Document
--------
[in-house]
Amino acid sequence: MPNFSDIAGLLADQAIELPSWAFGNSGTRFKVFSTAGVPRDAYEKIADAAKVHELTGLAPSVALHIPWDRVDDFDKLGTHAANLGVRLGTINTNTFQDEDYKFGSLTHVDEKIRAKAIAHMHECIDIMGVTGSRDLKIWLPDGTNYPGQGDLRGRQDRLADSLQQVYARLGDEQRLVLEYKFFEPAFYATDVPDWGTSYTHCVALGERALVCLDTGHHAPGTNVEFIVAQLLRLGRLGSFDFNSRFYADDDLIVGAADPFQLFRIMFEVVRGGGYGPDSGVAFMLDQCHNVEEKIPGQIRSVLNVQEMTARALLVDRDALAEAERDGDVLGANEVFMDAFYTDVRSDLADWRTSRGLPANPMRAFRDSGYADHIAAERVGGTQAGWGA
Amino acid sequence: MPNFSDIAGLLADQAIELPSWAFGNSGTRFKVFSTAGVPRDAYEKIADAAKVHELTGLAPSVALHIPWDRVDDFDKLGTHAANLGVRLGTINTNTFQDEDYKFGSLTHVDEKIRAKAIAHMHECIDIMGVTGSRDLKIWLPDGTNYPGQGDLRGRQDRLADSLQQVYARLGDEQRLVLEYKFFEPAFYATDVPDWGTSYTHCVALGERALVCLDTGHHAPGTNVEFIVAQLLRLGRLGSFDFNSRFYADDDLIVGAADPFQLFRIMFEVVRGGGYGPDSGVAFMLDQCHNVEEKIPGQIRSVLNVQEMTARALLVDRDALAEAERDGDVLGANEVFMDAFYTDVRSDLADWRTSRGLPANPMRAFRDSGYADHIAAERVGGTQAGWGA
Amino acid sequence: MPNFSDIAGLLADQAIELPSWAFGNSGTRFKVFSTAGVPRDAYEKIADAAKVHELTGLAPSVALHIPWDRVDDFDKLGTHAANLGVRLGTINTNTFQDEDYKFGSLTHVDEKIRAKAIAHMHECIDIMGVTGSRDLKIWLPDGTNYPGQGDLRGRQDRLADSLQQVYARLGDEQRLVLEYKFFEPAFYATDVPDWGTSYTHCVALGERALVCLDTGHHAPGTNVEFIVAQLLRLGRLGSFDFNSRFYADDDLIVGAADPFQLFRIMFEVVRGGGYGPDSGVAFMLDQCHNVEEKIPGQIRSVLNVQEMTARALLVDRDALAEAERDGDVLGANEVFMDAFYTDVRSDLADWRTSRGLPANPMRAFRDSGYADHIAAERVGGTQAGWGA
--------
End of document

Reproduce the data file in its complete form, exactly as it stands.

[in-house]
Amino acid sequence: MPNFSDIAGLLADQAIELPSWAFGNSGTRFKVFSTAGVPRDAYEKIADAAKVHELTGLAPSVALHIPWDRVDDFDKLGTHAANLGVRLGTINTNTFQDEDYKFGSLTHVDEKIRAKAIAHMHECIDIMGVTGSRDLKIWLPDGTNYPGQGDLRGRQDRLADSLQQVYARLGDEQRLVLEYKFFEPAFYATDVPDWGTSYTHCVALGERALVCLDTGHHAPGTNVEFIVAQLLRLGRLGSFDFNSRFYADDDLIVGAADPFQLFRIMFEVVRGGGYGPDSGVAFMLDQCHNVEEKIPGQIRSVLNVQEMTARALLVDRDALAEAERDGDVLGANEVFMDAFYTDVRSDLADWRTSRGLPANPMRAFRDSGYADHIAAERVGGTQAGWGA
Amino acid sequence: MPNFSDIAGLLADQAIELPSWAFGNSGTRFKVFSTAGVPRDAYEKIADAAKVHELTGLAPSVALHIPWDRVDDFDKLGTHAANLGVRLGTINTNTFQDEDYKFGSLTHVDEKIRAKAIAHMHECIDIMGVTGSRDLKIWLPDGTNYPGQGDLRGRQDRLADSLQQVYARLGDEQRLVLEYKFFEPAFYATDVPDWGTSYTHCVALGERALVCLDTGHHAPGTNVEFIVAQLLRLGRLGSFDFNSRFYADDDLIVGAADPFQLFRIMFEVVRGGGYGPDSGVAFMLDQCHNVEEKIPGQIRSVLNVQEMTARALLVDRDALAEAERDGDVLGANEVFMDAFYTDVRSDLADWRTSRGLPANPMRAFRDSGYADHIAAERVGGTQAGWGA
Amino acid sequence: MPNFSDIAGLLADQAIELPSWAFGNSGTRFKVFSTAGVPRDAYEKIADAAKVHELTGLAPSVALHIPWDRVDDFDKLGTHAANLGVRLGTINTNTFQDEDYKFGSLTHVDEKIRAKAIAHMHECIDIMGVTGSRDLKIWLPDGTNYPGQGDLRGRQDRLADSLQQVYARLGDEQRLVLEYKFFEPAFYATDVPDWGTSYTHCVALGERALVCLDTGHHAPGTNVEFIVAQLLRLGRLGSFDFNSRFYADDDLIVGAADPFQLFRIMFEVVRGGGYGPDSGVAFMLDQCHNVEEKIPGQIRSVLNVQEMTARALLVDRDALAEAERDGDVLGANEVFMDAFYTDVRSDLADWRTSRGLPANPMRAFRDSGYADHIAAERVGGTQAGWGA